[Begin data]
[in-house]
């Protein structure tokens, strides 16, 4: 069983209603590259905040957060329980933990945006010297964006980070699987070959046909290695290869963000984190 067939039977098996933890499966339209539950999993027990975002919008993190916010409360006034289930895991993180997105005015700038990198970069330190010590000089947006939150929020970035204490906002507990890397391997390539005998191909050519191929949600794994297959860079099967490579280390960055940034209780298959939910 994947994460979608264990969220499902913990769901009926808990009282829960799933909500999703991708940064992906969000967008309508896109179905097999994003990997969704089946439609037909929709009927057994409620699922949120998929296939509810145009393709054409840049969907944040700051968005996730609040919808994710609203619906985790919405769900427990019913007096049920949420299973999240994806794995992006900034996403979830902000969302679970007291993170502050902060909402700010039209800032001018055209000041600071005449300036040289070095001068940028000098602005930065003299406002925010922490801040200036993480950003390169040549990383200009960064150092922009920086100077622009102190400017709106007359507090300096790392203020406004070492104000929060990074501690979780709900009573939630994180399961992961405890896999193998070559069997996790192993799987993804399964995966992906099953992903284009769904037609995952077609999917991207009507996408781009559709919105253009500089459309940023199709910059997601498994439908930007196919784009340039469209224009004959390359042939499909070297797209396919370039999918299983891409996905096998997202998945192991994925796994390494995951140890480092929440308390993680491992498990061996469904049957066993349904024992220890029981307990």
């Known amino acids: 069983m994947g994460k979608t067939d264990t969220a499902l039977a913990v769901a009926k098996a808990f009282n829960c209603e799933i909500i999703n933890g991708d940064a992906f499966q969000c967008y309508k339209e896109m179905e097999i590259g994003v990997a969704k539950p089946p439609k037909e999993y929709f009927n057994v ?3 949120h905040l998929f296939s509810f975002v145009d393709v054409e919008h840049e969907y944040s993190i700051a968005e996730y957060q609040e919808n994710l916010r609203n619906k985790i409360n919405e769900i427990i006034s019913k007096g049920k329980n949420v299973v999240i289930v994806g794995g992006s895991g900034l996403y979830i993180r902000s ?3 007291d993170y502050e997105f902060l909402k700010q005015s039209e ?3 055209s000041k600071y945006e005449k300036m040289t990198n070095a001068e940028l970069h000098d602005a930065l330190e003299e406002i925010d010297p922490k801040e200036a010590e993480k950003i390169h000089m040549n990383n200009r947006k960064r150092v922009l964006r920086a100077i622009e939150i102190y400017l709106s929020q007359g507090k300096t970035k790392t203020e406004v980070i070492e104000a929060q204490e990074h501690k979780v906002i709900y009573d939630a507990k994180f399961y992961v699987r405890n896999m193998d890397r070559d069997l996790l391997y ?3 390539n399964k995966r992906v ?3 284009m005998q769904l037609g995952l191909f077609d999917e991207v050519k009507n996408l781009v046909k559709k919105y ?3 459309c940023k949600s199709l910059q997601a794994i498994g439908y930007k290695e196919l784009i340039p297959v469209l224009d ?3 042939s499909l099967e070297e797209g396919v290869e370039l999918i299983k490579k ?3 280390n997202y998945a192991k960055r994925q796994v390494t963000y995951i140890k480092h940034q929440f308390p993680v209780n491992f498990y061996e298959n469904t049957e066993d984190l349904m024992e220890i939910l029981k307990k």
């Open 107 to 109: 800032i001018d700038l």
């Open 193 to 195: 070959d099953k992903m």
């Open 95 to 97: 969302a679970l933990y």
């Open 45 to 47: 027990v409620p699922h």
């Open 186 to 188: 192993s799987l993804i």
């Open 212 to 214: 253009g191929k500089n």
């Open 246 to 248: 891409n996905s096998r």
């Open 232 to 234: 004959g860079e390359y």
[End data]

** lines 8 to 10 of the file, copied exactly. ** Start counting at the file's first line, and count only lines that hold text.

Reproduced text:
């Open 186 to 188: 192993s799987l993804i």
């Open 212 to 214: 253009g191929k500089n």
């Open 246 to 248: 891409n996905s096998r």